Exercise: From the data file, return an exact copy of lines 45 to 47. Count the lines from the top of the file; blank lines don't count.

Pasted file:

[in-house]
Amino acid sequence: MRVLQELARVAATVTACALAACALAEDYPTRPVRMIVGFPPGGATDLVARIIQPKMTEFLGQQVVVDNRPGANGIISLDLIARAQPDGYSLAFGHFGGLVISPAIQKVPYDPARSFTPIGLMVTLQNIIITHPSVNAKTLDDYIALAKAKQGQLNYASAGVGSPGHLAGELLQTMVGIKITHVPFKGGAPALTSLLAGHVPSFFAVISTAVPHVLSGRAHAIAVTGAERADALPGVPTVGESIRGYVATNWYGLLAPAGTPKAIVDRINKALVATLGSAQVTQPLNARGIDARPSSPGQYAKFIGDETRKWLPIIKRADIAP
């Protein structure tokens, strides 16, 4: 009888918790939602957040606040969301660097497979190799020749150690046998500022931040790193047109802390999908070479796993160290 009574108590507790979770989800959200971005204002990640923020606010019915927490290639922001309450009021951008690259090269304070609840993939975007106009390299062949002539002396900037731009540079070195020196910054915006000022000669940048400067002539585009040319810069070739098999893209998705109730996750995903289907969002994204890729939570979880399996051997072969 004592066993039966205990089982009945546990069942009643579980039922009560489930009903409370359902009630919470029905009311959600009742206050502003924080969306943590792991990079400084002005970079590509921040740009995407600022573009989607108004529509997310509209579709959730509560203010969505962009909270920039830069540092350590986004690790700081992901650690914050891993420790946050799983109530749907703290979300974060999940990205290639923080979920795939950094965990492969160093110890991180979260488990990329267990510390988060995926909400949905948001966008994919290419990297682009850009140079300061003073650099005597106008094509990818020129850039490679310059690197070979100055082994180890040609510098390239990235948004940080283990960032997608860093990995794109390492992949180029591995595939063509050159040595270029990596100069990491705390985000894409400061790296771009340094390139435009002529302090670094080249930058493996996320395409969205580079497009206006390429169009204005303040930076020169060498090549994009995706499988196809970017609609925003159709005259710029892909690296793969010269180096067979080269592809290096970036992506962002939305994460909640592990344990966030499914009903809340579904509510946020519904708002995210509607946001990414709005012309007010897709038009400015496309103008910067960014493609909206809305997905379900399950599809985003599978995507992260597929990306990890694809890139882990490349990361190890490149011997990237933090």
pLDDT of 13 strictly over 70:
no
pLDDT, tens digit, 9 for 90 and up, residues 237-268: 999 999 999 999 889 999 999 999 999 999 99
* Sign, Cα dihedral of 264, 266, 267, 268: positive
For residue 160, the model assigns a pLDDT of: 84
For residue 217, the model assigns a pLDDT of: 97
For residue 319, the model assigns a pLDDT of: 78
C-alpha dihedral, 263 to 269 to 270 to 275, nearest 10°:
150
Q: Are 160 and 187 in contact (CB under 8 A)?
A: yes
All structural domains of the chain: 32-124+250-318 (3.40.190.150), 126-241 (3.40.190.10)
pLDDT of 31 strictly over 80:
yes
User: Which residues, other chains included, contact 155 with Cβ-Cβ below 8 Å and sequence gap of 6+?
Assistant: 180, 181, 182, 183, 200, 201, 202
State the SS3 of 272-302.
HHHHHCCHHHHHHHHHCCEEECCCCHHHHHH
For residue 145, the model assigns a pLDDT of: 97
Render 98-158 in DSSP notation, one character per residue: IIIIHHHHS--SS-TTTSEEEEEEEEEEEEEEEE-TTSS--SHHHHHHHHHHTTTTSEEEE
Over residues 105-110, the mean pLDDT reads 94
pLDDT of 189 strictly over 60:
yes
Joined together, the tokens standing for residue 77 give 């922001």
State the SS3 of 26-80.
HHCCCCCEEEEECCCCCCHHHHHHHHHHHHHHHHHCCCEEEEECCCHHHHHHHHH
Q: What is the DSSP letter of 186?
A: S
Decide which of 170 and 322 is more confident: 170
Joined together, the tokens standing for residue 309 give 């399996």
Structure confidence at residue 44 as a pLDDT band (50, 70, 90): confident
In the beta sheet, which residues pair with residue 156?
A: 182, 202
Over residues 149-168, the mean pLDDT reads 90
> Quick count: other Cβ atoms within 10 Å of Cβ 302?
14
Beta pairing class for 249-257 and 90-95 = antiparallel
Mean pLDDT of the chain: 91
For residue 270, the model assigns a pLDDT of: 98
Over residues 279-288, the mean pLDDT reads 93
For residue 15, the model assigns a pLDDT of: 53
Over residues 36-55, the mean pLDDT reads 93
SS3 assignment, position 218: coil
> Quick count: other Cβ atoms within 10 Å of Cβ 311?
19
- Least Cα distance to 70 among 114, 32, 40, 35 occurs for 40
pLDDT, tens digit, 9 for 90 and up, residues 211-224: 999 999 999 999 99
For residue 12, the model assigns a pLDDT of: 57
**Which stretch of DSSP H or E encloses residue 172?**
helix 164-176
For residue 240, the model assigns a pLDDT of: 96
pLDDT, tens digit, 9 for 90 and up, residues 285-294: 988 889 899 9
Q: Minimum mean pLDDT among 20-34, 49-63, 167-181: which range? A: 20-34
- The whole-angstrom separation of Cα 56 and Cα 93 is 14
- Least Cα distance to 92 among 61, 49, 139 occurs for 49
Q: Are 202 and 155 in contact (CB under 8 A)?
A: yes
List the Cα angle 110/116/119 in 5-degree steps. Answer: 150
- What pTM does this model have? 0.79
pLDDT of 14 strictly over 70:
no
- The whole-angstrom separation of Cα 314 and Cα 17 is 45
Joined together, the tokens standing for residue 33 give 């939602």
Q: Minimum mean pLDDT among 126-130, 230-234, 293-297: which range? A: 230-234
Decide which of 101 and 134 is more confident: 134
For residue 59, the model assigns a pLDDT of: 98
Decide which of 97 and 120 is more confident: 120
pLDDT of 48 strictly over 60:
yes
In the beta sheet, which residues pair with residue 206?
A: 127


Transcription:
Over residues 36-55, the mean pLDDT reads 93
SS3 assignment, position 218: coil
> Quick count: other Cβ atoms within 10 Å of Cβ 311?